Thailand has contingency plans to secure Covid-19 vaccines from other producers if the British/Swedish pharmaceutical company AstraZeneca cannot deliver the doses it promised in time, Prime Minister Prayut Chan-o-cha said yesterday.
In a podcast, Gen Prayut addressed a number of questions surrounding the government's vaccination programme, which ranged from procurement transparency, delivery schedules, efficacy, to safety and inoculation targets.
He also defended the government's Covid-19 vaccine deal and roll-out plan, as critics continue to question the country's immunisation policy.
The intense scrutiny began after Progressive Movement founder Thanathorn Juangroongruangkit criticised the government's Covid-19 vaccination plan in a Facebook Live session.
He questioned the government's strategy for being too reliant on one company -- Siam Bioscience, which is contracted by AstraZeneca to produce its Covid-19 vaccines under a technology-transfer agreement -- to meet its' vaccination needs.
Public criticism of the vaccination programme is mounting as countries which are part of the Covax agreement are now preparing to roll out their inoculation drive.
At the start of the pandemic, Thailand decided against joining the programme to pursue its own deals with vaccine manufacturers, as by law, the government is not allowed to spend money on vaccines which have not been proven to be effective.
In August last year, the Public Health Ministry and the National Vaccine institute began seeking deals with vaccine manufacturers.
To date, the government has purchased 26 million doses from AstraZeneca and 2 million doses from China's Sinovac. Recently, the government reserved an additional 35 million doses from AstraZeneca.
In his podcast, Gen Prayut defended the decision, saying Thailand's vaccine rollout is not late, considering the current problems surrounding production and deliveries.
He also said the government isn't relying on a sole candidate to meet its Covid-19 vaccine needs, adding it is still looking to seal deals with other vaccine manufacturers.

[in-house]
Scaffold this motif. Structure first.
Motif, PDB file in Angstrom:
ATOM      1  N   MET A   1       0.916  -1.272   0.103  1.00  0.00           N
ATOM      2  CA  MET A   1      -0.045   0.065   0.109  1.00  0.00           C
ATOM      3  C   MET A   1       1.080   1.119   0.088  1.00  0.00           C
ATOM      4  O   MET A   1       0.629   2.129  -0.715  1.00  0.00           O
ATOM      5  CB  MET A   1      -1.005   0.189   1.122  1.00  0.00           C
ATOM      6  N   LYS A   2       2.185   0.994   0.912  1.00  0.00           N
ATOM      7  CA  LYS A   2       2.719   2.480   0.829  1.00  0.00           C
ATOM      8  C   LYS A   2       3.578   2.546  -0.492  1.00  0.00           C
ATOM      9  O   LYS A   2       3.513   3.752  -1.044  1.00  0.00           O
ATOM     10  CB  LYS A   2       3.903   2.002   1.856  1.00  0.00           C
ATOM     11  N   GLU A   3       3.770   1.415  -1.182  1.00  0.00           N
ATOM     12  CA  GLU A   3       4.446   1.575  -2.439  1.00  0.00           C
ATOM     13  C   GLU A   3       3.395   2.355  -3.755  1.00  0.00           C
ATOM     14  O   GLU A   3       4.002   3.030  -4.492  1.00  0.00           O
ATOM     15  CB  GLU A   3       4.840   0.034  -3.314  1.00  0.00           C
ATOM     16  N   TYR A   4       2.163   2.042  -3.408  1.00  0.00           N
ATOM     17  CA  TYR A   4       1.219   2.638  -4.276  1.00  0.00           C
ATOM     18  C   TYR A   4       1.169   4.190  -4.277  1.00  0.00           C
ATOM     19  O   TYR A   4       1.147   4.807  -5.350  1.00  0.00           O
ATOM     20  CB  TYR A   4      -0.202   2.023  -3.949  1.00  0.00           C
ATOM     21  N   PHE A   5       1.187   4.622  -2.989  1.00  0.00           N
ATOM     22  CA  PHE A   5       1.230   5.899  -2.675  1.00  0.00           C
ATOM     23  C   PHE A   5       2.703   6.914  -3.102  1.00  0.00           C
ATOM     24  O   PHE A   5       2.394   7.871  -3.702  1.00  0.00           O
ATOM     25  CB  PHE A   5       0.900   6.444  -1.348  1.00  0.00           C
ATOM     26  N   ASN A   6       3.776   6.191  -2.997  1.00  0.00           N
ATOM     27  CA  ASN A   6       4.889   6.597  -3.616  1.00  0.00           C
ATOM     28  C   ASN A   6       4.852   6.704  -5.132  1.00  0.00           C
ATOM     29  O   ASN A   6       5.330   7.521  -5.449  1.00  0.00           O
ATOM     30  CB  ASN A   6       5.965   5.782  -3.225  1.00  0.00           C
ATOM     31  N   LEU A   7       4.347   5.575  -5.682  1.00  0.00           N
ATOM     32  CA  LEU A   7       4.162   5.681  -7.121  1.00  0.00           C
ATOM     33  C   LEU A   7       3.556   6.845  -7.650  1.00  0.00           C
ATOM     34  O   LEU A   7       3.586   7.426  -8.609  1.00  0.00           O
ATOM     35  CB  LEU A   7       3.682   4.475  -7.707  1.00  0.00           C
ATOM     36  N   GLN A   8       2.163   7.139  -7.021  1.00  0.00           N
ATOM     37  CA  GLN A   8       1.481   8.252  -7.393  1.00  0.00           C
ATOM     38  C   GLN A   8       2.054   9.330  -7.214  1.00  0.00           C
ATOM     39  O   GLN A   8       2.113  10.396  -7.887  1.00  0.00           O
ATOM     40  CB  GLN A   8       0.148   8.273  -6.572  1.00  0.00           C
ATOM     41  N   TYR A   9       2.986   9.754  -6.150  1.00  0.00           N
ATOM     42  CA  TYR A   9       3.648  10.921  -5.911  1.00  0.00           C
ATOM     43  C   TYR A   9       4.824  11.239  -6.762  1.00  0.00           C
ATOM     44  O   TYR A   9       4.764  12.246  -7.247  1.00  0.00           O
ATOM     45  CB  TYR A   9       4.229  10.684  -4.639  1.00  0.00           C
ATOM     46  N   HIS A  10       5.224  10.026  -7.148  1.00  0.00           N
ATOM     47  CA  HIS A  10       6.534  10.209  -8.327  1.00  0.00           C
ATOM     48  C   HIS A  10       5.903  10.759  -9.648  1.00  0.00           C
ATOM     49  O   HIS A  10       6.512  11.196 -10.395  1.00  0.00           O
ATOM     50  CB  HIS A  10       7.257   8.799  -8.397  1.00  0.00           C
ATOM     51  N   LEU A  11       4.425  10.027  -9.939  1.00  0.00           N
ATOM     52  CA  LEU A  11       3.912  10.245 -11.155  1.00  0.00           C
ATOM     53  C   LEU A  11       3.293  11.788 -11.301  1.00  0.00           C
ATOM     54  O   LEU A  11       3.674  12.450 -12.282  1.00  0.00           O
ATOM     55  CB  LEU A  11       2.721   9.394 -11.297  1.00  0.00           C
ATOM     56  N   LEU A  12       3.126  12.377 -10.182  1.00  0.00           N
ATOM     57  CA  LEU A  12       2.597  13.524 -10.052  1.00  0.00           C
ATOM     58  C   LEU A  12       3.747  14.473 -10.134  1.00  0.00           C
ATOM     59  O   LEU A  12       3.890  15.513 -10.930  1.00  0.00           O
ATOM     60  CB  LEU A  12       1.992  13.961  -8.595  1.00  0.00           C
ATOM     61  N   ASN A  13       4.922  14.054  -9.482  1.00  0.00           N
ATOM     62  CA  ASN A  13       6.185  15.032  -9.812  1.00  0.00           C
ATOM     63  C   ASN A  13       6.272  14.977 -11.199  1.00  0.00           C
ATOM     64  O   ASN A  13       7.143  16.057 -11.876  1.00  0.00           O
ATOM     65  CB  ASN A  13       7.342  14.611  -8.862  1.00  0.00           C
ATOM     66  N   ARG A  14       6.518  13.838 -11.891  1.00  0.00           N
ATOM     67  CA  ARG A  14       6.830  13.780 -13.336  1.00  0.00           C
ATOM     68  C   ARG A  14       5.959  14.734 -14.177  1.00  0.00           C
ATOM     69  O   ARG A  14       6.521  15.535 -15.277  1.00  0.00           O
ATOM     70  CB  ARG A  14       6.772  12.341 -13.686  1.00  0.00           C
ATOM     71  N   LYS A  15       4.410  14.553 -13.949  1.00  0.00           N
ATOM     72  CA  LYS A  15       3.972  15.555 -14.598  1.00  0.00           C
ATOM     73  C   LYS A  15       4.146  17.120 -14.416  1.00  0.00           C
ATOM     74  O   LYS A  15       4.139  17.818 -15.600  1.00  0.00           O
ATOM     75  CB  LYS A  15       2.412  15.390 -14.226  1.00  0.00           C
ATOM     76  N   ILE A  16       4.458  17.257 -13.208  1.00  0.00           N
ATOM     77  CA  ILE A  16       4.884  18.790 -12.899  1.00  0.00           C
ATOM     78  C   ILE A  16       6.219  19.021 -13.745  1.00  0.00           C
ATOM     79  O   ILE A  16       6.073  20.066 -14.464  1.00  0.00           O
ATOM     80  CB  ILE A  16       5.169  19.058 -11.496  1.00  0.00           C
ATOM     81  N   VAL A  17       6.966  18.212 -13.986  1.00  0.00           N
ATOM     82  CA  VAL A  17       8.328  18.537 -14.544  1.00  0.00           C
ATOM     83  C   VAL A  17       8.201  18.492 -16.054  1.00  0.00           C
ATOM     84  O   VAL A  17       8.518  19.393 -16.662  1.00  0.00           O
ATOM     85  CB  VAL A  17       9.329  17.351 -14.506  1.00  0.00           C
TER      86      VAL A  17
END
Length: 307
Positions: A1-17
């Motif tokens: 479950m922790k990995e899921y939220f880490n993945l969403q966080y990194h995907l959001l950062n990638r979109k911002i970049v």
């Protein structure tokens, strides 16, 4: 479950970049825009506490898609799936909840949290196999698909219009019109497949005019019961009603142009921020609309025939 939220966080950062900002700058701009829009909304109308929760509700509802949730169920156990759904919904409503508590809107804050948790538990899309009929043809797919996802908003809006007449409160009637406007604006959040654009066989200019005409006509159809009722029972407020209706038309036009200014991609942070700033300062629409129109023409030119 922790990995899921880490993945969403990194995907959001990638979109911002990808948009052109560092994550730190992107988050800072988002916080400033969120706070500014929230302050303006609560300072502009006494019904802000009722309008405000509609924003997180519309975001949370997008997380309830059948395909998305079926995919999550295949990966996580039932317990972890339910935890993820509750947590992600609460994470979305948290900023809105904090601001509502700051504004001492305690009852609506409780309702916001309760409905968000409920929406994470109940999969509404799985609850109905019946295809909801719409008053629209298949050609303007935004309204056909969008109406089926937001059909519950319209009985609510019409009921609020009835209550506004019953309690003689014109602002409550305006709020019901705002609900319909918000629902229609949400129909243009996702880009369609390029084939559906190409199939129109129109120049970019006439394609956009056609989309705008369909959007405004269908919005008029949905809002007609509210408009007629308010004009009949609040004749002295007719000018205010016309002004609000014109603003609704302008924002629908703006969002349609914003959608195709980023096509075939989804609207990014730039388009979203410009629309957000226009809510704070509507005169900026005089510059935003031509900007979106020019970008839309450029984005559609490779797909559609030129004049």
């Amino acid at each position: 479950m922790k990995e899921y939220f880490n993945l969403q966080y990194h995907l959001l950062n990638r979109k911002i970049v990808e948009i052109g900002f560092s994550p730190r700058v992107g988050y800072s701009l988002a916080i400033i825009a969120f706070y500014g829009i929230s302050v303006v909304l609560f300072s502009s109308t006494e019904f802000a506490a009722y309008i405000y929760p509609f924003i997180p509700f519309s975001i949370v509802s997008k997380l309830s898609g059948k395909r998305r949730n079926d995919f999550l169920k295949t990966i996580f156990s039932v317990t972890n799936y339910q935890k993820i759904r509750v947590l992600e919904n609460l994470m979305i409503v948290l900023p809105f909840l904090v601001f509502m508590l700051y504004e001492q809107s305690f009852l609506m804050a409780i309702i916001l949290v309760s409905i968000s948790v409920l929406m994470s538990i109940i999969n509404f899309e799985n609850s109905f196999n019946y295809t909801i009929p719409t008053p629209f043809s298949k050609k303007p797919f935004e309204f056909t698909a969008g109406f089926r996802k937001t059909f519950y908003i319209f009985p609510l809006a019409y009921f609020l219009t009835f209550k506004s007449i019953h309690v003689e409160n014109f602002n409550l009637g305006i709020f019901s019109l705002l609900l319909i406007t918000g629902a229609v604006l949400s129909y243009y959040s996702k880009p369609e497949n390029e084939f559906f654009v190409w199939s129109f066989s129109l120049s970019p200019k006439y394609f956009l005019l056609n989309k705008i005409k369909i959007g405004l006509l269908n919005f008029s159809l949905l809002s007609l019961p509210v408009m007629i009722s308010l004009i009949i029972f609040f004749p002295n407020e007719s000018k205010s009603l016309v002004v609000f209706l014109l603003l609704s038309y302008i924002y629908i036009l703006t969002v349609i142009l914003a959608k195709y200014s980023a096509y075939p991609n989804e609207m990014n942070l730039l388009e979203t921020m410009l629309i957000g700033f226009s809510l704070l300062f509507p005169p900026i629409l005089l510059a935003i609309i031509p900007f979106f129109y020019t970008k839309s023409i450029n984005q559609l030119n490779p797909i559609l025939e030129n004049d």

"The decision to procure the vaccine from AstraZeneca was made after weighing the benefits and risks of each candidate," he said.
"The management of vaccines also came into play. Some vaccines must be stored in extremely low temperatures and may prove to be an extra burden for our officials."
The premier went on to deflect criticism from Siam Bioscience, saying AstraZeneca -- not the government -- chose the company over the Government Pharmaceutical Organisation to be its partner in manufacturing Covid-19 vaccines.
He stressed that Siam Bioscience had the capacity to benefit from the technology-transfer agreement and that it met AstraZeneca's stringent production standards.
The premier also struck down claims the government is obstructing companies from importing Covid-19 vaccines, saying firms can import any vaccine, as long as they have been approved by the Food and Drug Administration.
So far, only AstraZeneca's vaccine has been approved for domestic use -- the rest are still waiting for FDA's approval.
Gen Prayut also addressed concerns about the number of procured doses which, according to some critics, won't be enough to reach herd immunity, thus rendering the vaccination programme ineffective.
He said the procurement will continue and the government has not set a target as to how many doses should be secured.
On effectiveness and the safety of the vaccines, Gen Prayut said under the WHO guidelines, both AstraZeneca and Sinovac are considered effective.